Tuesday, May 12, 2009

Meals without Meat

Depending upon who will be eating this next dish, start by making this vegetarian version of paella, and then - if necessary - divide the mixture between pure vegetarian, and almost vegetarian by adding a little fish to one half. Even some can have some cooked chicken wings slipped into the final serving if a non-vegetarian is at the table and hungry for meat. Feel free to vary the vegetables according to what is in season, the quantities also can be varied. The only ingredient that needs accuracy is the rice and liquids. If wishing to use white rice, it will take less time to cook, and probably need less liquid, so start by using half the liquid and then add more as the rice takes it up. Leave just a little liquid in the dish after the initial cooking as the rice will absorb this during the 'standing time'.
The adaptable Paella: to serve 8 (V)
4 oz (100g) flageolet beans, soaked overnight
8 fl oz (250ml) white wine
juice 1 large lemon
1 pint (600ml) vegetable stock
1 tsp saffron strands
16 fl.oz (500ml) measure long grain brown rice
3 tblsp olive oil
3 cloves garlic, crushed
1 large onion, finely chopped
4 carrots, finely diced
1 each red, green and yellow bell pepper
4 oz (100g) frozen peas, thawed
4 oz (100g) flaked almonds, toasted
4 tomatoes, cut into chunks
1 large handful each fresh mint and parsley, chopped
salt and pepper
(optional extras: hardboiled eggs, black olives)
Drain and rinse the soaked beans, then boil in fresh water until tender. Drain and set aside.
Put the wine, stock, lemon juice and saffron into a saucepan and bring to the boil. Stir in the rice, cover and simmer for 45 minutes, then remove from the heat, still keeping the pan covered, and set aside for 15 minutes by which time the rice should be tender and all the liquid absorbed.
Meanwhile, trim and de-seed the bell peppers and cut into small squares. Using a deep frying pan, heat the oil and stir-fry the carrots and onions over high heat for 2 minutes, then reduce the heat and stir in the garlic, peas and bell peppers, and cook for a further couple of minutes, then stir in the rice, half the almonds and the beans, and all the herbs. Heat through, stirring occasionally, and serve garnished with the tomatoes (and quartered hardboiled eggs and olives if using). Scatter the remaining almonds over the top and serve immediately.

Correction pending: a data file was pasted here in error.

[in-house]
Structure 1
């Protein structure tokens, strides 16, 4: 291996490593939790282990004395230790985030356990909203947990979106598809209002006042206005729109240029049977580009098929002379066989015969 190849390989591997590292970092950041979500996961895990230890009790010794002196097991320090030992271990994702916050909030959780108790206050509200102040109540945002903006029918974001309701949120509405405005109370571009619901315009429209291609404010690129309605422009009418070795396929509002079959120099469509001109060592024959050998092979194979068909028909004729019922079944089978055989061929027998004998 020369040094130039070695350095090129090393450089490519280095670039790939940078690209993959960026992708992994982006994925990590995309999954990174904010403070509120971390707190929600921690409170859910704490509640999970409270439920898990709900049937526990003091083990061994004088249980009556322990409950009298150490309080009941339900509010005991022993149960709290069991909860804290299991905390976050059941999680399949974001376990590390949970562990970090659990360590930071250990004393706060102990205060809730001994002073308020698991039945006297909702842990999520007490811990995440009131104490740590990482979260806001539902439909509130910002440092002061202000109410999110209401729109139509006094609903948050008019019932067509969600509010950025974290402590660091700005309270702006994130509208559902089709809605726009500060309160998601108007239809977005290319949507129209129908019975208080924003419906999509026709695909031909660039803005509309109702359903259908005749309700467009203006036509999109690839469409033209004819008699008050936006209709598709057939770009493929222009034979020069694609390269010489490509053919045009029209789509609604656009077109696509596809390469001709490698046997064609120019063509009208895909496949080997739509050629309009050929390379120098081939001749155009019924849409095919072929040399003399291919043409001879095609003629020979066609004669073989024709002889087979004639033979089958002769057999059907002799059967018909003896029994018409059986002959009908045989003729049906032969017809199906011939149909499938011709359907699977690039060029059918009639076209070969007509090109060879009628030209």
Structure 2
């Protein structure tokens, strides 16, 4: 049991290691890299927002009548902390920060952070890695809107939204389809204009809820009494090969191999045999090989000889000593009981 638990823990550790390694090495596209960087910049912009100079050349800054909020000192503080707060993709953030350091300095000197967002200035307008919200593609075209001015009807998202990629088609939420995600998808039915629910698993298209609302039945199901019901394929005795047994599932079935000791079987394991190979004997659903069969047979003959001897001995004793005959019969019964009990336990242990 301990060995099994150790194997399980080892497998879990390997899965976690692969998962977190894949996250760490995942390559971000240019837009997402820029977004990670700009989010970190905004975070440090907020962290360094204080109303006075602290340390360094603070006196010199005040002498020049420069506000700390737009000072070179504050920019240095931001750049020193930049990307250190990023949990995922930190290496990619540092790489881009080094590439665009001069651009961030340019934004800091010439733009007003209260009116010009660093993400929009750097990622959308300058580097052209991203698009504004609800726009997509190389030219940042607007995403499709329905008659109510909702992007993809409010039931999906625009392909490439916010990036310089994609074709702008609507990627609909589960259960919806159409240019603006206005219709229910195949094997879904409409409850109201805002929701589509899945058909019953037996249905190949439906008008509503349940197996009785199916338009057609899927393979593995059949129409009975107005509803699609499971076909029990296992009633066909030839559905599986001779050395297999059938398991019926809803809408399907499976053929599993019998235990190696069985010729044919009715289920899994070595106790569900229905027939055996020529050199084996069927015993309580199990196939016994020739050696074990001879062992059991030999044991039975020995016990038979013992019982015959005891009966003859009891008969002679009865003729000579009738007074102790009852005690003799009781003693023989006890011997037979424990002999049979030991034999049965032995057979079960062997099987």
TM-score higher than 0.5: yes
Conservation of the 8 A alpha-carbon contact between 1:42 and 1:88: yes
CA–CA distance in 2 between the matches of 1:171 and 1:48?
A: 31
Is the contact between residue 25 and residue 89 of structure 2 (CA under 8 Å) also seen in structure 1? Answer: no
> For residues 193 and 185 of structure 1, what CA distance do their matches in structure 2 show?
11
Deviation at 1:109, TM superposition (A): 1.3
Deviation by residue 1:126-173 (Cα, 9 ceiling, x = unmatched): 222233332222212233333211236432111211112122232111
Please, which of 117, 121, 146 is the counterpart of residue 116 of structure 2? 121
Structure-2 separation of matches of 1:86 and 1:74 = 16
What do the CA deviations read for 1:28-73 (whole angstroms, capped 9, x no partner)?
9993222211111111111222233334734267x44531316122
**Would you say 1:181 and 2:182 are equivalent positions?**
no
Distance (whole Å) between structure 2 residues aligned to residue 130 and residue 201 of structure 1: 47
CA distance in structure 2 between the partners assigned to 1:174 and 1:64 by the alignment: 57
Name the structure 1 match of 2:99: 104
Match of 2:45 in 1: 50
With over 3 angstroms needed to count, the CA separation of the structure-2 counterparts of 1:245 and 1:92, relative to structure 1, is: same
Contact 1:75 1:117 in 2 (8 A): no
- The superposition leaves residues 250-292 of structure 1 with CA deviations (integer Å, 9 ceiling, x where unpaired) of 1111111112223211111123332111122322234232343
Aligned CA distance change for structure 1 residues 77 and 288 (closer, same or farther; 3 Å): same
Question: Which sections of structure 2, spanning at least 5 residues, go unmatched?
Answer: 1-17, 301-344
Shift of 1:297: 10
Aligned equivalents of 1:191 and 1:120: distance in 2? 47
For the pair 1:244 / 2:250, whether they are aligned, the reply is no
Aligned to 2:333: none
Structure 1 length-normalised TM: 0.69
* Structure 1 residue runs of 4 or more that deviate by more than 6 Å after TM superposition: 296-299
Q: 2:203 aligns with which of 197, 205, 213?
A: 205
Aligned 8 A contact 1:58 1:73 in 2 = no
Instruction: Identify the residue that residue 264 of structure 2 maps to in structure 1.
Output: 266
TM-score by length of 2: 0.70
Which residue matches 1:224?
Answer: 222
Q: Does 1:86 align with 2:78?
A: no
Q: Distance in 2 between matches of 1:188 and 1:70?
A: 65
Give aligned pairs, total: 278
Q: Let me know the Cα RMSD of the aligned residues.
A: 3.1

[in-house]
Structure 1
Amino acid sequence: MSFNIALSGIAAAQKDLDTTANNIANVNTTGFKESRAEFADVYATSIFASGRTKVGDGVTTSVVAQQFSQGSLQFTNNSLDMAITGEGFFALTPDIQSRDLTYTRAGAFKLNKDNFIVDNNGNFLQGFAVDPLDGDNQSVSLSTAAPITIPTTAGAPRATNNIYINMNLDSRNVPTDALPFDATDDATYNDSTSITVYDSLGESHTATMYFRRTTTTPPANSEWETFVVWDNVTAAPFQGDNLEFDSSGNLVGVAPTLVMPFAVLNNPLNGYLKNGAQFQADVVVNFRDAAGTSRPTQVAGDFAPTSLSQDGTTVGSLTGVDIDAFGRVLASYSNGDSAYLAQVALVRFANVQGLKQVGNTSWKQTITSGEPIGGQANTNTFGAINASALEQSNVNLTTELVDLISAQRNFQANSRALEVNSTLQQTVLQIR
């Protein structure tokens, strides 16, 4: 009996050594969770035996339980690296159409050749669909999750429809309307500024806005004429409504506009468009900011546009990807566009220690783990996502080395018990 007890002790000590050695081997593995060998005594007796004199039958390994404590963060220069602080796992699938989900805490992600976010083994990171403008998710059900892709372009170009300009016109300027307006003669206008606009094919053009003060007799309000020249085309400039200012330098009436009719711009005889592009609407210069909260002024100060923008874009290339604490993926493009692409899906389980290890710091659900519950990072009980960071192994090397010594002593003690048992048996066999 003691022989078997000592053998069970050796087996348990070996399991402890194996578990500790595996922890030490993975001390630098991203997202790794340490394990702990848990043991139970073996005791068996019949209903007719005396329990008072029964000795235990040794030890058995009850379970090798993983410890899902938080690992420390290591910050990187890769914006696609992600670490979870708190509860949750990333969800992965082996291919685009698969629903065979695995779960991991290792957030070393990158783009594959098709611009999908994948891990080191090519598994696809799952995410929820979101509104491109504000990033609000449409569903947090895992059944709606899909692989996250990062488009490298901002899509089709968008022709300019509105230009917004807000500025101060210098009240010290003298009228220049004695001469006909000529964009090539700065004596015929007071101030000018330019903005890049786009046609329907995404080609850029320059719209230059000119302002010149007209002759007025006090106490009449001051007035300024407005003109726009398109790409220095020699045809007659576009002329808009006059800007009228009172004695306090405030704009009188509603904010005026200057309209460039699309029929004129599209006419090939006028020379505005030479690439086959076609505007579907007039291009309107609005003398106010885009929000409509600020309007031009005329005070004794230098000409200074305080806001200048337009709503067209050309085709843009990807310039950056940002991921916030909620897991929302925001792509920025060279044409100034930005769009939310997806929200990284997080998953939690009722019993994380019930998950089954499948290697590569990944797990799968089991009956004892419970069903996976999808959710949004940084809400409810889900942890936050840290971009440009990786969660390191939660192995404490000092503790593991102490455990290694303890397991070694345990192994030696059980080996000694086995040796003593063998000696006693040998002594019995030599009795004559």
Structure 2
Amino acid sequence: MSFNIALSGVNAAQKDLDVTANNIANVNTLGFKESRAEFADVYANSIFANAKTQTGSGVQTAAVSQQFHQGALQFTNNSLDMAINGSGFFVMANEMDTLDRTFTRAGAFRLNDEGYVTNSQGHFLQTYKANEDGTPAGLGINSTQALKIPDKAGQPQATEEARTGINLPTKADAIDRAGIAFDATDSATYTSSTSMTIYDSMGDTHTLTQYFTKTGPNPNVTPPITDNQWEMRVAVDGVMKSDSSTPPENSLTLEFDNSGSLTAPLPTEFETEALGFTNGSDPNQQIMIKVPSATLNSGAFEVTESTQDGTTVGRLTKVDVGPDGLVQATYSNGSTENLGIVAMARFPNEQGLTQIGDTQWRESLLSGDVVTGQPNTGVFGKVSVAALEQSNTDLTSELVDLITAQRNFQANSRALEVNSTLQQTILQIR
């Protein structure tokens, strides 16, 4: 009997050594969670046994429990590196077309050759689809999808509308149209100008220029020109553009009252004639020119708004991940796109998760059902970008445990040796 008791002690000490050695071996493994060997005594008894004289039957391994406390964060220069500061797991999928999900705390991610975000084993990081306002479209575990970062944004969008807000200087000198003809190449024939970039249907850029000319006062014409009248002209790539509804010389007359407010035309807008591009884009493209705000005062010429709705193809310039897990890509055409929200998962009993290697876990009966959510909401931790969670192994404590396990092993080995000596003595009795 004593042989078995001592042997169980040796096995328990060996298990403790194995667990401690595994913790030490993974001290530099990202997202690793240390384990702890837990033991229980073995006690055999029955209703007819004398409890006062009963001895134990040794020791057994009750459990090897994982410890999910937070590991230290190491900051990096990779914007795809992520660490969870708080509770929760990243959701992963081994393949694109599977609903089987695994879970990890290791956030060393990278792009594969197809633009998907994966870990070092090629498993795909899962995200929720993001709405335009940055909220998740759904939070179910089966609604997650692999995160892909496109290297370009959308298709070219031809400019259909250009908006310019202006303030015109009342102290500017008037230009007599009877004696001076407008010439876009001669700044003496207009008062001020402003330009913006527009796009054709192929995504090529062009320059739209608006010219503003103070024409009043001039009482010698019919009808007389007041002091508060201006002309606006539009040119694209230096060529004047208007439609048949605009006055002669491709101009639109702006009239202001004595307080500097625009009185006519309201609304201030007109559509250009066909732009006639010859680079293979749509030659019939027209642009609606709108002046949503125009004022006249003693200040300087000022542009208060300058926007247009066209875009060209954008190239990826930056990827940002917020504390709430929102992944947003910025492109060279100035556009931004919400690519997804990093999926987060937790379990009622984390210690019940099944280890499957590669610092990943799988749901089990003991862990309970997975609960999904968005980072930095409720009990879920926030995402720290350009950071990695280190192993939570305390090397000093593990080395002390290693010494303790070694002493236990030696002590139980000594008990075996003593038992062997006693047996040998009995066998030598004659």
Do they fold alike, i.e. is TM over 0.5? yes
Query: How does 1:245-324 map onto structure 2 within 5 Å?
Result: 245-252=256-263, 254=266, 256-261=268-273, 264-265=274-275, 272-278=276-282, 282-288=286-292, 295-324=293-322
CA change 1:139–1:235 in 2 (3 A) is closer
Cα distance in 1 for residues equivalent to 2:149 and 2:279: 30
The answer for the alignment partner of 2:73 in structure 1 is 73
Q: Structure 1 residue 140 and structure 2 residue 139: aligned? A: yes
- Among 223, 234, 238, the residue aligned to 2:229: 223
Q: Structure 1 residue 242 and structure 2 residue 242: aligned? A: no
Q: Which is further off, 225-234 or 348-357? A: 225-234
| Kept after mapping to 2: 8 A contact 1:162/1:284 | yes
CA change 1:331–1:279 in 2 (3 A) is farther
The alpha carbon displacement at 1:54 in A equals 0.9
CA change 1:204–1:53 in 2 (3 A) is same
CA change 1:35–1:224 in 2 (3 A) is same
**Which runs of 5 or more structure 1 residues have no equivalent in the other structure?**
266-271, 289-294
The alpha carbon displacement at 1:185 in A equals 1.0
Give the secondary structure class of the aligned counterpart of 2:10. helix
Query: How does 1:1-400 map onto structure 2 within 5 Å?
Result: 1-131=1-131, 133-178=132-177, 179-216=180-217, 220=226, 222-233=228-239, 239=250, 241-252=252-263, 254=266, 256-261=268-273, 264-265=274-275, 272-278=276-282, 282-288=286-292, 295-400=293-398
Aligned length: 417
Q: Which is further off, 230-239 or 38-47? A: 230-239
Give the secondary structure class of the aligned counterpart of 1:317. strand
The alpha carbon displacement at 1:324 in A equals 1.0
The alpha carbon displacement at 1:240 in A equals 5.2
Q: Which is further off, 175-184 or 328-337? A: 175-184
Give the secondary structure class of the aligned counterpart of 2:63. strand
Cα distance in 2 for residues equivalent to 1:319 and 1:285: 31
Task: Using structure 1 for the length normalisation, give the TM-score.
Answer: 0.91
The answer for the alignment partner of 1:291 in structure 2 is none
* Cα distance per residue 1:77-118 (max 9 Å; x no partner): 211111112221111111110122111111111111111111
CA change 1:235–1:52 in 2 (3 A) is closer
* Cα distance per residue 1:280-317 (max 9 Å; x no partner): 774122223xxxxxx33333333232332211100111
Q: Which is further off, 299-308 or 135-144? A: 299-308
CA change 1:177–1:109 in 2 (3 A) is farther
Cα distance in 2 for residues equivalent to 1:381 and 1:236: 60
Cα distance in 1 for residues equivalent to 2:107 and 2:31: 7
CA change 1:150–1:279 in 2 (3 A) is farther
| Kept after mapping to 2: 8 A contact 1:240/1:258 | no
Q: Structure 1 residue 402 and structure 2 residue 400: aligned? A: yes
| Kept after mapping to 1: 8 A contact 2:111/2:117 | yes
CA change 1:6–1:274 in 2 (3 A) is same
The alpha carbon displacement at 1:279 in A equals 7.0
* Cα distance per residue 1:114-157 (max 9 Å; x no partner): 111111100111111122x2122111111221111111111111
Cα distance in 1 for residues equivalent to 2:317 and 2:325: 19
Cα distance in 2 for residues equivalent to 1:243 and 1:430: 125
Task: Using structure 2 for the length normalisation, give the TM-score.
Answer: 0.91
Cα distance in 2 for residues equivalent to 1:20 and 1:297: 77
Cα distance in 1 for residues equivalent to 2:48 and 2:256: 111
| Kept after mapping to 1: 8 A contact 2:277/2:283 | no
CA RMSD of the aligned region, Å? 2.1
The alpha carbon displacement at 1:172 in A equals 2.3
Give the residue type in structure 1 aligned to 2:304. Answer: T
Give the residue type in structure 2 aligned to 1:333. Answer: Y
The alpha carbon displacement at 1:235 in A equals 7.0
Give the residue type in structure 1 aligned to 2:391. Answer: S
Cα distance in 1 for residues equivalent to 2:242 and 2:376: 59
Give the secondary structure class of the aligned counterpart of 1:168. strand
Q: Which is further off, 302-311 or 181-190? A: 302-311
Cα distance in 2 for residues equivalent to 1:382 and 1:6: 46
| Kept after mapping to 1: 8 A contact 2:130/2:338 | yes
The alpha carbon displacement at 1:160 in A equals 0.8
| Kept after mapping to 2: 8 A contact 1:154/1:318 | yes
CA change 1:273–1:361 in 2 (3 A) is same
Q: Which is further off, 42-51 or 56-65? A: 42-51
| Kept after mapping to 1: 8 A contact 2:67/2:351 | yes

If recently 'turned' vegetarian, then sometimes we might feel something is missing from our plates. There are meat substitutes aplenty, but as they are not meat - just pretending to be - why not serve a cheaper 'steak' that you can prepare yourself.
Aubergine Steaks: serves 4 (V)
1 - large aubergine, thickly sliced
1 tblsp olive oil
4 fl oz (100ml) red wine
pinch each dried oregano and dried thyme
salt and pepper
Take a large shallow dish and place in the aubergine slices, lying flat in a single layer. Whisk the oil, wine and herbs together, adding seasoning to taste, until well mixed, then pour this evenly over the aubergines. Cover and chill for half an hour, then turn the slices, cover and leave for a further half hour.
To cook: place the marinated aubergines a single layer in an oiled baking tray, spooning over any marinade left, and bake at 170C, 325F, gas 3 for 10 minutes, then turn each slice over and bake for a further 10 minutes or until the slices are tender and all the wine marinade has been absorbed. Remove from the dish and drain on kitchen paper.
Finish by frying the steaks in a little oil in a frying pan (or oiled griddle pan) for 1 - 2 minutes each side. OR - before the final frying - dip each into beaten egg and then breadcrumbs and then fry for the time given above.